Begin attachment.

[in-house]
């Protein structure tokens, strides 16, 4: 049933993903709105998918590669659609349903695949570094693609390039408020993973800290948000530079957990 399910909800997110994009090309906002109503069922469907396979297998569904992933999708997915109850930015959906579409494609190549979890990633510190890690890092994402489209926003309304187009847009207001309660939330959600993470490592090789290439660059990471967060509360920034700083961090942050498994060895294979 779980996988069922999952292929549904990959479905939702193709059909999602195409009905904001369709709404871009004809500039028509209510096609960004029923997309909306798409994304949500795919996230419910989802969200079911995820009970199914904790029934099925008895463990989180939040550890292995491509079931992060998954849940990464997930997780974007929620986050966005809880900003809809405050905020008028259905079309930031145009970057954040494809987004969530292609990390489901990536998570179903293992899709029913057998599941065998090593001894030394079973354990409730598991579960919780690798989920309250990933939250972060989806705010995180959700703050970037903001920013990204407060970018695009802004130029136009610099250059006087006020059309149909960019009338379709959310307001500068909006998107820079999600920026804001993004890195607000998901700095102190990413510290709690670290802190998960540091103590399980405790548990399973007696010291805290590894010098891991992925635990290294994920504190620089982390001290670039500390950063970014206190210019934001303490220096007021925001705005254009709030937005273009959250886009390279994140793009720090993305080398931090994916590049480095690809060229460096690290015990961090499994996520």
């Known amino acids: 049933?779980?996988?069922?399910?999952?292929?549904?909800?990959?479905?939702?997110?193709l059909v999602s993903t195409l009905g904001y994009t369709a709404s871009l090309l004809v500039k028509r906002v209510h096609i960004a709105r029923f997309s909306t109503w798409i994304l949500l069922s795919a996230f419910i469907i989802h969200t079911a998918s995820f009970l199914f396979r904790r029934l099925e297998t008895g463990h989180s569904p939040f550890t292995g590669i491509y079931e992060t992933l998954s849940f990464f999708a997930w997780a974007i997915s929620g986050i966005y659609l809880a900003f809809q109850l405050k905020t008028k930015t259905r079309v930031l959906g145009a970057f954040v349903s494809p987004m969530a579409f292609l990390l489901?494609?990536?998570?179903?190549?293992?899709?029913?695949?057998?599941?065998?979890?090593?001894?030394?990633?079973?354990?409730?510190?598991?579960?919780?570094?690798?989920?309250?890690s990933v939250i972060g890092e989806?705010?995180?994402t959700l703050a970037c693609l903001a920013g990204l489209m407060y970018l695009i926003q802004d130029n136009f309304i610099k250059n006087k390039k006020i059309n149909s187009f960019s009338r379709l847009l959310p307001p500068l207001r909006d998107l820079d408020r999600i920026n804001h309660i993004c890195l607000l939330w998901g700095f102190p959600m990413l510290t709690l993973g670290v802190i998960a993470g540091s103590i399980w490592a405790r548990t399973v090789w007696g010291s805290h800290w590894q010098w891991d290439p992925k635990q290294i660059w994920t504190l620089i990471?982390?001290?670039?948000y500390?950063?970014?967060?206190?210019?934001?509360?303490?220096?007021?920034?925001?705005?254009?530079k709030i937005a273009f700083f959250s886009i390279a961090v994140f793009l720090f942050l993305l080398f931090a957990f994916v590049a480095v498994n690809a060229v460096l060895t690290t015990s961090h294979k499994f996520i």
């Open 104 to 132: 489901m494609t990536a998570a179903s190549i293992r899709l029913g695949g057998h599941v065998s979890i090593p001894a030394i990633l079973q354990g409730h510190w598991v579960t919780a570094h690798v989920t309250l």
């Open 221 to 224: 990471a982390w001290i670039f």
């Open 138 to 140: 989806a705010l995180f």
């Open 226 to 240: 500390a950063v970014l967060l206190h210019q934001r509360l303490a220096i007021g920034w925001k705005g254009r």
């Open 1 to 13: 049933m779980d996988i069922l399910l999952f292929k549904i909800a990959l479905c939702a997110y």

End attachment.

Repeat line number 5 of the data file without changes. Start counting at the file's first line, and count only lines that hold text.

């Open 221 to 224: 990471a982390w001290i670039f």